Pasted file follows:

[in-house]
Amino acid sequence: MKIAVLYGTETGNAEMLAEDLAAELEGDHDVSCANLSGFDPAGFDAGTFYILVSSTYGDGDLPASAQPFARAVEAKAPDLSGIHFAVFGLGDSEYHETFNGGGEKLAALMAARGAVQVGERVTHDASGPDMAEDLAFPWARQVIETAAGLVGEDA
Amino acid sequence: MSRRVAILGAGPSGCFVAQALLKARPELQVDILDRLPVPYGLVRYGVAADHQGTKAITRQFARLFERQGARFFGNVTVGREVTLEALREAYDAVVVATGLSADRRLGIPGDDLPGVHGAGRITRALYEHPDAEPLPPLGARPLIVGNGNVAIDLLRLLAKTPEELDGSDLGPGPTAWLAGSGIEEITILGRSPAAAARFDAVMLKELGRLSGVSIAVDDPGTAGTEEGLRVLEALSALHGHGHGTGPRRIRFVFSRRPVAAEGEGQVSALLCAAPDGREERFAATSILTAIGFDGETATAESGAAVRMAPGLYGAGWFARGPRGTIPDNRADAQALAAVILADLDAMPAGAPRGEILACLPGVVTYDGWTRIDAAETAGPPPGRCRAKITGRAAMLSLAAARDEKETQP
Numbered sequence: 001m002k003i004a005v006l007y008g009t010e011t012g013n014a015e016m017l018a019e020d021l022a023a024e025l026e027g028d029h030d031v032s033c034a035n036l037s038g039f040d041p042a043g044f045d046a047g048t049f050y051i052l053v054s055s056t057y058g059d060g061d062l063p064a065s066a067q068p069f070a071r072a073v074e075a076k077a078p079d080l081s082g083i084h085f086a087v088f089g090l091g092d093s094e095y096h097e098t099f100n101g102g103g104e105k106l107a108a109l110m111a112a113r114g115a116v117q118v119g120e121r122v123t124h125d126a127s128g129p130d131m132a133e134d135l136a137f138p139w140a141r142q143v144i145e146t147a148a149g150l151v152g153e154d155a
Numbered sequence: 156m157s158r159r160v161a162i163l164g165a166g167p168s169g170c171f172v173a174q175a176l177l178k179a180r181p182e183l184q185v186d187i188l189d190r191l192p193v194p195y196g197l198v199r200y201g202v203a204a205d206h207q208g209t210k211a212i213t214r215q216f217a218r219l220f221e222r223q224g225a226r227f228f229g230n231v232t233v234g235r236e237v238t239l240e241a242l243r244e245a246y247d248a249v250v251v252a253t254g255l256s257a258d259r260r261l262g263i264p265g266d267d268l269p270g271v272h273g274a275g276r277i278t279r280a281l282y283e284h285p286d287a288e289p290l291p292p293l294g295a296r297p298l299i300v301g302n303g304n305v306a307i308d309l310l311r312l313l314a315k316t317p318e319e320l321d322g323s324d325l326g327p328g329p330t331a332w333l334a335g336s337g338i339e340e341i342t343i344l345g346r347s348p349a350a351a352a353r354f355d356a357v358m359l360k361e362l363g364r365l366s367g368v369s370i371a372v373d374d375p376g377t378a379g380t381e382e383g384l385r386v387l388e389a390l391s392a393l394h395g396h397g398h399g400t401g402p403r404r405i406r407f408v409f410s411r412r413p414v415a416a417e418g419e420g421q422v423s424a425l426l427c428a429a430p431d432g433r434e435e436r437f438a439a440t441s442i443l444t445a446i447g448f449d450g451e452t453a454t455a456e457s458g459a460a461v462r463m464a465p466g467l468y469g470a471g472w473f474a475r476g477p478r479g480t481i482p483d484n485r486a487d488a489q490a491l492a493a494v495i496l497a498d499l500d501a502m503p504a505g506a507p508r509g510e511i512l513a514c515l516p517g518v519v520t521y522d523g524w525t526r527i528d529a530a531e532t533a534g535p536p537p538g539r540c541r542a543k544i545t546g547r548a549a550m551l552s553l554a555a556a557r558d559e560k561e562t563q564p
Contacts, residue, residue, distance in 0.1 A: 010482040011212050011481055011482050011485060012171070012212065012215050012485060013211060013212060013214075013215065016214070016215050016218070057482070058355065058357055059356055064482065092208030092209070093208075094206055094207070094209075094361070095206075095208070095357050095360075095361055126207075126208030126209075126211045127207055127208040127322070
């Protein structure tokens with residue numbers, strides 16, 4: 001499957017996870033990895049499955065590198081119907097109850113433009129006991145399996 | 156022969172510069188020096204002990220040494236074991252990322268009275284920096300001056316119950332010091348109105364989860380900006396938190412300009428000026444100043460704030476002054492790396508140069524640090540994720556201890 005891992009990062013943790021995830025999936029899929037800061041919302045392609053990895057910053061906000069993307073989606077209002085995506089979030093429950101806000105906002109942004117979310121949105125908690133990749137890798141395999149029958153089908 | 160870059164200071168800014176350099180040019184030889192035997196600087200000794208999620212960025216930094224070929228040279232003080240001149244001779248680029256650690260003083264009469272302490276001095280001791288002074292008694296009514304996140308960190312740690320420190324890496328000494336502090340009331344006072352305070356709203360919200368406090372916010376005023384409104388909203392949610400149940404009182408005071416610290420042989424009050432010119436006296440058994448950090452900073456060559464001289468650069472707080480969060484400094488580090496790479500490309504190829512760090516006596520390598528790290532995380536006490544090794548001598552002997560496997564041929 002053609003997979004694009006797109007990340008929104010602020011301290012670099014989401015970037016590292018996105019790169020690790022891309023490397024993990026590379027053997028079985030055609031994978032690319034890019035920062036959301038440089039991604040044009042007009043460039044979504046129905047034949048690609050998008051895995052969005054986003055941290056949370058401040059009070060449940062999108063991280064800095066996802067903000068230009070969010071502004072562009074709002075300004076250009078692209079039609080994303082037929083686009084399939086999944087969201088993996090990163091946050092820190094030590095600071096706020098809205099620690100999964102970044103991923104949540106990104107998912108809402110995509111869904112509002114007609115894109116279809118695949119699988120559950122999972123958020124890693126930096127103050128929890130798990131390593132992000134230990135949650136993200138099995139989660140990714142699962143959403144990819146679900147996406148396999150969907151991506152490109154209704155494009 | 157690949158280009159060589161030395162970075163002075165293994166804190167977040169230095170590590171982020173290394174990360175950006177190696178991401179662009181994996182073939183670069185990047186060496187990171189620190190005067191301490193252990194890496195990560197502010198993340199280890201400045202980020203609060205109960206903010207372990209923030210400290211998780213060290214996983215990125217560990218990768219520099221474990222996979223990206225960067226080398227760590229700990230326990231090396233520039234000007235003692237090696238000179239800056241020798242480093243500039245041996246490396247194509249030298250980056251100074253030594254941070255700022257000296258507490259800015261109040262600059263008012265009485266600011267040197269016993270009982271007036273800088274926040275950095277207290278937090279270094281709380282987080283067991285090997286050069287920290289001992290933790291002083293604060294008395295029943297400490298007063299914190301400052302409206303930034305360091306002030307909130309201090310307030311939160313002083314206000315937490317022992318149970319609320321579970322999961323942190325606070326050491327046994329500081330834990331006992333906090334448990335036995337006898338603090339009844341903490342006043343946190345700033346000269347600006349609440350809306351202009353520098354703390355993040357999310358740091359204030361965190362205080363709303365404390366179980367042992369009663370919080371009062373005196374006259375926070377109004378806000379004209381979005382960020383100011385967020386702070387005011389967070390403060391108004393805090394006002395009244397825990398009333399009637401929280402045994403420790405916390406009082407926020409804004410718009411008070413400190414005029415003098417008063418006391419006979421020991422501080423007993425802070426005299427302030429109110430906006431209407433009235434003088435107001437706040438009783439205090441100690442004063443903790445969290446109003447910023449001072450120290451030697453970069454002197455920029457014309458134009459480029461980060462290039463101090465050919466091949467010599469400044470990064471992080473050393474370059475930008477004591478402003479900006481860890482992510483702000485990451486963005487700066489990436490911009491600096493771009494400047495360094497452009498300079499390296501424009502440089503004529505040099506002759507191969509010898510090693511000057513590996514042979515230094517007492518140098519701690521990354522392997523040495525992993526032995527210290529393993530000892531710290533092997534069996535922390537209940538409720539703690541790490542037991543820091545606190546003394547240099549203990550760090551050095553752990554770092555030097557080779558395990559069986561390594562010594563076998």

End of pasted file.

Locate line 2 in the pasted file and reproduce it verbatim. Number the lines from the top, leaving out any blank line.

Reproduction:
Amino acid sequence: MKIAVLYGTETGNAEMLAEDLAAELEGDHDVSCANLSGFDPAGFDAGTFYILVSSTYGDGDLPASAQPFARAVEAKAPDLSGIHFAVFGLGDSEYHETFNGGGEKLAALMAARGAVQVGERVTHDASGPDMAEDLAFPWARQVIETAAGLVGEDA